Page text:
A game as old as time

They say that there is nothing new under the sun and that applies to boardgames as much as anything else. Here at Digital Future Games, for instance, our debut release – Mandala – is an updating and reimagining of a game we invented and published back in the early eighties. It has all the pop and pizazz of a 21st century gaming app but, at it’s heart, it’s very much the same game that our group of friends put together over thirty-five years ago.

A magical history tour

The mandala has been part of human culture for millennia. From Hindu and Buddhist traditions, through the Persian Shamseh found in Islamic art and the Celtic cross of Christian iconography, its influence can be seen everywhere.

In 1982, when we were spitballing ideas for a new board game, mandalas had recently enjoyed resurgence in the West thanks to the New Age culture of the 60s and 70s. While we knew that, what we didn’t know was that mandalas had been influencing boardgames – albeit subconsciously – long before we set down our rules.

Take your turn


When we look at a game like chess, for instance, we think of simple rules laid down over the centuries and accepted by all, but every culture had its own variations. Persian chess has a piece which cannot be lost without losing the game, Chinese chess is played on a board of only 3×3 squares, and so on. These are not just arbitrary decisions, but rooted in their respective cultures, one where the Shah is absolute and one where the emperor was confined within his palace walls.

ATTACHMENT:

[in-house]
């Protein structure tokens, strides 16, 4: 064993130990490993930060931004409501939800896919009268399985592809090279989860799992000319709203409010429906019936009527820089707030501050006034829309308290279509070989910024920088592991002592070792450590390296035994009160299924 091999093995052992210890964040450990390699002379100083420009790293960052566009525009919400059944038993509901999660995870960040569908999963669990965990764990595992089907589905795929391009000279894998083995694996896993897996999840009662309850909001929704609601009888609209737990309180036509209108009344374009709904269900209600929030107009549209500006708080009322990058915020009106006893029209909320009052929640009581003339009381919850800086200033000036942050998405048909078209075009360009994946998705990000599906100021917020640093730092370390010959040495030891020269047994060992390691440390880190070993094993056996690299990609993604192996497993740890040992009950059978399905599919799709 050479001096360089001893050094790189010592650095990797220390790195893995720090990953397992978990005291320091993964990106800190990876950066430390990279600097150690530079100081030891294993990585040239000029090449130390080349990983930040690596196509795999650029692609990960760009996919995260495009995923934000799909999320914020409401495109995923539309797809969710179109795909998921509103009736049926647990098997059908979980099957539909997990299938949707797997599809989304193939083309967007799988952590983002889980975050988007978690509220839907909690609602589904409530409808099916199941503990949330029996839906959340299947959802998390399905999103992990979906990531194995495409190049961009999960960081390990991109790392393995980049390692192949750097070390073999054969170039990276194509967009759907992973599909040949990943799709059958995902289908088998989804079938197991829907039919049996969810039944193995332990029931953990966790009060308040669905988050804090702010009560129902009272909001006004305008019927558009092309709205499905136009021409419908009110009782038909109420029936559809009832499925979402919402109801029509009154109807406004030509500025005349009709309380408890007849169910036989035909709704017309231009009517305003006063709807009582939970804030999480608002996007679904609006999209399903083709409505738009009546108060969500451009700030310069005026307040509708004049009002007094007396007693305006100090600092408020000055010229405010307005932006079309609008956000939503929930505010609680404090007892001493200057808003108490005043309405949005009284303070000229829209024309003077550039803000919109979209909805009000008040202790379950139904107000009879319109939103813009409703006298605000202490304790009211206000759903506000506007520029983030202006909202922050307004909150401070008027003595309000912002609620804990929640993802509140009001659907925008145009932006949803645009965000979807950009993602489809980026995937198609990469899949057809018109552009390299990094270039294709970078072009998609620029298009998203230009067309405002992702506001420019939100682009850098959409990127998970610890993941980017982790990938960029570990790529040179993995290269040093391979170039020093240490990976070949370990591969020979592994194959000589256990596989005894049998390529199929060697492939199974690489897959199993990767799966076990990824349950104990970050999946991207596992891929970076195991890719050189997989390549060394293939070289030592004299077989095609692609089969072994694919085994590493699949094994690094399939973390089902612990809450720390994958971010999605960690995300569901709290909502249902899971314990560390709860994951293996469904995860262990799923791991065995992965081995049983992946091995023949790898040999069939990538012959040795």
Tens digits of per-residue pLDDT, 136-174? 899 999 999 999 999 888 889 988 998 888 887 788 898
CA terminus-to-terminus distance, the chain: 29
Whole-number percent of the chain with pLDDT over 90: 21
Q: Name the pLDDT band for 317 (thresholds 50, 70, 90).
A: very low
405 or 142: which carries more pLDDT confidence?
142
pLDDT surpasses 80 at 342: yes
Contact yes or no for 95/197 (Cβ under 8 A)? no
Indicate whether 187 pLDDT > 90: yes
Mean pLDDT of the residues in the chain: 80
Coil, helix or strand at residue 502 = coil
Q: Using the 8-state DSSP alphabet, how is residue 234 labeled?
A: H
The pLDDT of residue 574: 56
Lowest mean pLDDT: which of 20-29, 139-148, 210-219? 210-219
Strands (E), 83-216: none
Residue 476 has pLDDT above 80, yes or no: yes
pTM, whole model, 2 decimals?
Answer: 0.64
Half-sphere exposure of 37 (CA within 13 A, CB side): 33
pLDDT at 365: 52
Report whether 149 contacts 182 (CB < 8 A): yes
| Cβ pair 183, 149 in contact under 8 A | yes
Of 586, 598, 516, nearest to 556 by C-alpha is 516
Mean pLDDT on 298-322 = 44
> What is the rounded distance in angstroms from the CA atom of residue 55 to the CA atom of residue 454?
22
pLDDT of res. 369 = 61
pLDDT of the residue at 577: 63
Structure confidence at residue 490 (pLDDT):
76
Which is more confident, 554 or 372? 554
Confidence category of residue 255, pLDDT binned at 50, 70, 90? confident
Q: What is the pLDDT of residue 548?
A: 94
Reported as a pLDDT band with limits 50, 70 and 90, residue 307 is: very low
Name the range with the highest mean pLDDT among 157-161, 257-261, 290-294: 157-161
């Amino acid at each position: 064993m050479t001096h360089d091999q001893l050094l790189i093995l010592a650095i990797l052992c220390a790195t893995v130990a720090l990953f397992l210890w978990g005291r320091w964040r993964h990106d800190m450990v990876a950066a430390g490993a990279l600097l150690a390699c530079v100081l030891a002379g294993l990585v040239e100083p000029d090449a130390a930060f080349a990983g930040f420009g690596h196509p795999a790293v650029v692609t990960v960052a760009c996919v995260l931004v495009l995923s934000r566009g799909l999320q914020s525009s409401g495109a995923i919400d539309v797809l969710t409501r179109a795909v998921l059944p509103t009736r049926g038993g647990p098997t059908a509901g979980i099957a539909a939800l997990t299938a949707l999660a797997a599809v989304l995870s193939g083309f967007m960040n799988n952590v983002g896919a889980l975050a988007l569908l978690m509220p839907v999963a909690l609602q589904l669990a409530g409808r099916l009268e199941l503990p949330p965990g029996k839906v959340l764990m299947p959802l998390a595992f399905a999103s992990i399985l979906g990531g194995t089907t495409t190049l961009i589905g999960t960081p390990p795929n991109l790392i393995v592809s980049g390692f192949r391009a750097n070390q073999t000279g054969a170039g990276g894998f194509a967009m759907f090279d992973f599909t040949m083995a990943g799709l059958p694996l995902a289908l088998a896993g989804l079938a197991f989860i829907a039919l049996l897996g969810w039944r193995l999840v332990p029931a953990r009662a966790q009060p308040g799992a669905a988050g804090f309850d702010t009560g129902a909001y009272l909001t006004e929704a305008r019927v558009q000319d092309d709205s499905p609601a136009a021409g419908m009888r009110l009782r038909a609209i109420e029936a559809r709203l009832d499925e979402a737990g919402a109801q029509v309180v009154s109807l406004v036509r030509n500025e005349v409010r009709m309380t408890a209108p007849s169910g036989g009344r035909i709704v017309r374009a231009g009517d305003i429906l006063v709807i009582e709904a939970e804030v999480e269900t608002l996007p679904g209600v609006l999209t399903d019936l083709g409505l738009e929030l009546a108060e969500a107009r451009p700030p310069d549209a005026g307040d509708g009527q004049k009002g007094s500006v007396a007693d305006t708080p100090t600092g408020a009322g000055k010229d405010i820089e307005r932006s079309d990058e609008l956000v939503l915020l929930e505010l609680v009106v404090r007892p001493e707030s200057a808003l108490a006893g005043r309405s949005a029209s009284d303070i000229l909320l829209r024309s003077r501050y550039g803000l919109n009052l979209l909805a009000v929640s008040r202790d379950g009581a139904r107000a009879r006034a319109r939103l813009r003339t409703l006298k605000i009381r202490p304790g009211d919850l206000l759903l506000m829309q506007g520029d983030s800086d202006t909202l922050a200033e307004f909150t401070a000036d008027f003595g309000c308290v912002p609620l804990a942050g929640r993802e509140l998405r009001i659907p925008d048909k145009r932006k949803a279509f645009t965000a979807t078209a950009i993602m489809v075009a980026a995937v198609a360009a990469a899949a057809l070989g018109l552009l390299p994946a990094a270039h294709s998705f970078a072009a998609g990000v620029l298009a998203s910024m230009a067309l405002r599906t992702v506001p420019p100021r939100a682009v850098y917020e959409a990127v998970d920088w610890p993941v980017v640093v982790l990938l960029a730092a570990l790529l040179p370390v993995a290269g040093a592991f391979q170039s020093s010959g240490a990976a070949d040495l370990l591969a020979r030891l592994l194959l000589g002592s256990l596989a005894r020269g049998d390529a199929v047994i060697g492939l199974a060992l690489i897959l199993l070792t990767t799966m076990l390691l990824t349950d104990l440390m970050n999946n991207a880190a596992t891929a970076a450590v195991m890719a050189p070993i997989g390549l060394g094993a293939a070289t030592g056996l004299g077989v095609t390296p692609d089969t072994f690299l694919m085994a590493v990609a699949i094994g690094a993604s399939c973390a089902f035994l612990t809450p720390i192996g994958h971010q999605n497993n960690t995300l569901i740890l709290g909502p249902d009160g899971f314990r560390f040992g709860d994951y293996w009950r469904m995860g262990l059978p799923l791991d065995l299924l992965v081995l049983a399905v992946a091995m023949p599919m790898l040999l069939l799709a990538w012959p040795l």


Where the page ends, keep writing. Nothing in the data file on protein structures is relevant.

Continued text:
So where does the mandala come into this? Here we have to look towards the theocratic Byzantine Empire, where chess was played on a circular board made of concentric rings, split into spaces. A culture centred on religious matters would find much to approve of in a game utilising the spiritual symbology of the circle as its core.

Take your places

Patterns within patterns

Mandalas are about more than circles, though – they have to do with geometric patterns and the compartmentalising of the aspects of nature into their respective elements. This was a common belief across pre-Renaissance Europe. Indeed, it was the foundation of alchemy, which would in turn develop into the modern science of chemistry.

While it might never be spoken, these twin aspects of the mandala also found their way into the boardgames of the time – games like Gala and Tablut. Indeed, it can be argued that as simple a game as Ludo, with its four players moving their differently-coloured pieces clockwise around the board, can trace its roots – however vaguely – back to this phenomenon.

What goes around (and around) comes around

At Future Games, we were more likely influenced by the album art on our Jimi Hendrix LPs than we were the accumulated cultural impact of a few thousand years of human development.

All we can say for sure is that we’re proud to have played our part in a gaming tradition that stretches back centuries. And we’re even more proud to have brought that concept right into the modern day.